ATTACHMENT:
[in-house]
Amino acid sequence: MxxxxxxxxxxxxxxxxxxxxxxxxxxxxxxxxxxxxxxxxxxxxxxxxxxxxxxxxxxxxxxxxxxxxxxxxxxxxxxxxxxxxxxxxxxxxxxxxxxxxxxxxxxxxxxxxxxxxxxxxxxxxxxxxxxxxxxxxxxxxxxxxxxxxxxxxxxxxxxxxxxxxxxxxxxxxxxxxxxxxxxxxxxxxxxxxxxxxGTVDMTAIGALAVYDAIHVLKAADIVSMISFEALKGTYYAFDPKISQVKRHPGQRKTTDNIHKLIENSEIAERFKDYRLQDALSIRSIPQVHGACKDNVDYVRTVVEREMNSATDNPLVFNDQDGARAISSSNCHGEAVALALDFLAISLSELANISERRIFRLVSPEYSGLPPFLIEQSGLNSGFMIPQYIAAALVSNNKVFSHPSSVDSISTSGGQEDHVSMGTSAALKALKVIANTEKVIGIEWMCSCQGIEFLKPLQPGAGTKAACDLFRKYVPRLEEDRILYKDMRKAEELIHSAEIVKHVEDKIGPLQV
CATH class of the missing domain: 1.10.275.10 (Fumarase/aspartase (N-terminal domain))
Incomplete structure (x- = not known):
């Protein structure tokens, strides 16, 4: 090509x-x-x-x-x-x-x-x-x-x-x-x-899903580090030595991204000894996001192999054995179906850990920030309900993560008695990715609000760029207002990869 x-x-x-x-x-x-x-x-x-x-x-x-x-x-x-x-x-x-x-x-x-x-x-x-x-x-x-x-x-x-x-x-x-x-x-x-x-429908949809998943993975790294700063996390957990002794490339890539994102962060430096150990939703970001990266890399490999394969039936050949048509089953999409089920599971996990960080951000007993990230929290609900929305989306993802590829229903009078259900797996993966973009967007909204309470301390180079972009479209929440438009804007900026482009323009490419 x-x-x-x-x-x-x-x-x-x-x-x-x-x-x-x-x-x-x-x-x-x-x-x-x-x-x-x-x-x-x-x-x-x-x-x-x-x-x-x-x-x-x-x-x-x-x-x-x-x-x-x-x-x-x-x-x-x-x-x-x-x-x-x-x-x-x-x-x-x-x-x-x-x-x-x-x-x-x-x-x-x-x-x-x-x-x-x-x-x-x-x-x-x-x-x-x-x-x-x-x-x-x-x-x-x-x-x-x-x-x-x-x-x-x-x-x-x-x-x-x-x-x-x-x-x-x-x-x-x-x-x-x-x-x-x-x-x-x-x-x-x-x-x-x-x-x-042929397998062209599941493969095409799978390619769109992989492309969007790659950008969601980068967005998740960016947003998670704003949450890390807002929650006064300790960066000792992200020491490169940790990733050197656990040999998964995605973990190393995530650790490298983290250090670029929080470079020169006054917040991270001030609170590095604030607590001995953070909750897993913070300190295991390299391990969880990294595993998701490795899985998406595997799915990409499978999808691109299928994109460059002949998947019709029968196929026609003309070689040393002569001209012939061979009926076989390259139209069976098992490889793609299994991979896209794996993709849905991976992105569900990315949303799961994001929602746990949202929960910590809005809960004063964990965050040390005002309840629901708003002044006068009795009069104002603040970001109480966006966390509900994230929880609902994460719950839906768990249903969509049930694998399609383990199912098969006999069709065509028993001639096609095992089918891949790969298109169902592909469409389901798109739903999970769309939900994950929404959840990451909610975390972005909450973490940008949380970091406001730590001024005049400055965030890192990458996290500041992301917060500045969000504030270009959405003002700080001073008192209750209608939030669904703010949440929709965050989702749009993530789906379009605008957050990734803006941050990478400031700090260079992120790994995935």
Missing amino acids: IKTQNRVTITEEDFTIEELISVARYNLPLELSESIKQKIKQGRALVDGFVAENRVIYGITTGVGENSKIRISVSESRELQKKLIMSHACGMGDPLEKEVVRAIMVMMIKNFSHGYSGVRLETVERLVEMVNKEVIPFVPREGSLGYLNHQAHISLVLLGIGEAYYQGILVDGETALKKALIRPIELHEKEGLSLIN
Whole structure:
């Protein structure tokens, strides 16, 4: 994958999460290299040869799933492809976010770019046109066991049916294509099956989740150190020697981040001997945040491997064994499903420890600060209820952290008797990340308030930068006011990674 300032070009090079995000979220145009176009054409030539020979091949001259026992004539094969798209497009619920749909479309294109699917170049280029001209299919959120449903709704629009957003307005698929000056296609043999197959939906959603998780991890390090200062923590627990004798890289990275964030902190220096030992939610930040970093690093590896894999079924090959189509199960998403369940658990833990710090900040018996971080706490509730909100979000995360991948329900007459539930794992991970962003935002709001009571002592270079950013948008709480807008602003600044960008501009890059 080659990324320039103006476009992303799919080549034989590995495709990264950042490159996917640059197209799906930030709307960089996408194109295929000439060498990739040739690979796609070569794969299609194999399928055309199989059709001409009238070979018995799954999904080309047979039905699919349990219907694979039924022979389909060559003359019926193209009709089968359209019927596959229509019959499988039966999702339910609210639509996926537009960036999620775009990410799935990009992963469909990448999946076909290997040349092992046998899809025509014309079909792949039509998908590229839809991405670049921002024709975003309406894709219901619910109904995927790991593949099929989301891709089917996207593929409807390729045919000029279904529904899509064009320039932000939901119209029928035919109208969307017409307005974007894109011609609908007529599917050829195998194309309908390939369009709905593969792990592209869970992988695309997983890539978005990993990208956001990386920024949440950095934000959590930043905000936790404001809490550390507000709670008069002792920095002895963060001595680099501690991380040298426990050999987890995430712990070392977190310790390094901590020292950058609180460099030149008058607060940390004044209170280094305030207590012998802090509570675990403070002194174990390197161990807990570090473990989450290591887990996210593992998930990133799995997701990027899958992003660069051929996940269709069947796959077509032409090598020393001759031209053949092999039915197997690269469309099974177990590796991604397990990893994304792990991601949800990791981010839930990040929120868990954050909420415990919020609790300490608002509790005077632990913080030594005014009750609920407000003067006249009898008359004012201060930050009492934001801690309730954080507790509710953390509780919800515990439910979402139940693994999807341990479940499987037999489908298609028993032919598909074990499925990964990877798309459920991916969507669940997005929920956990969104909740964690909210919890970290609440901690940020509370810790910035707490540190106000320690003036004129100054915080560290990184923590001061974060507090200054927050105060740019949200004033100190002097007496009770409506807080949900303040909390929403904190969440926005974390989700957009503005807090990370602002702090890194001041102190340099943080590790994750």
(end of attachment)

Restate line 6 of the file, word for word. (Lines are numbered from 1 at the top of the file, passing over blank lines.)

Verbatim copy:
Missing amino acids: IKTQNRVTITEEDFTIEELISVARYNLPLELSESIKQKIKQGRALVDGFVAENRVIYGITTGVGENSKIRISVSESRELQKKLIMSHACGMGDPLEKEVVRAIMVMMIKNFSHGYSGVRLETVERLVEMVNKEVIPFVPREGSLGYLNHQAHISLVLLGIGEAYYQGILVDGETALKKALIRPIELHEKEGLSLIN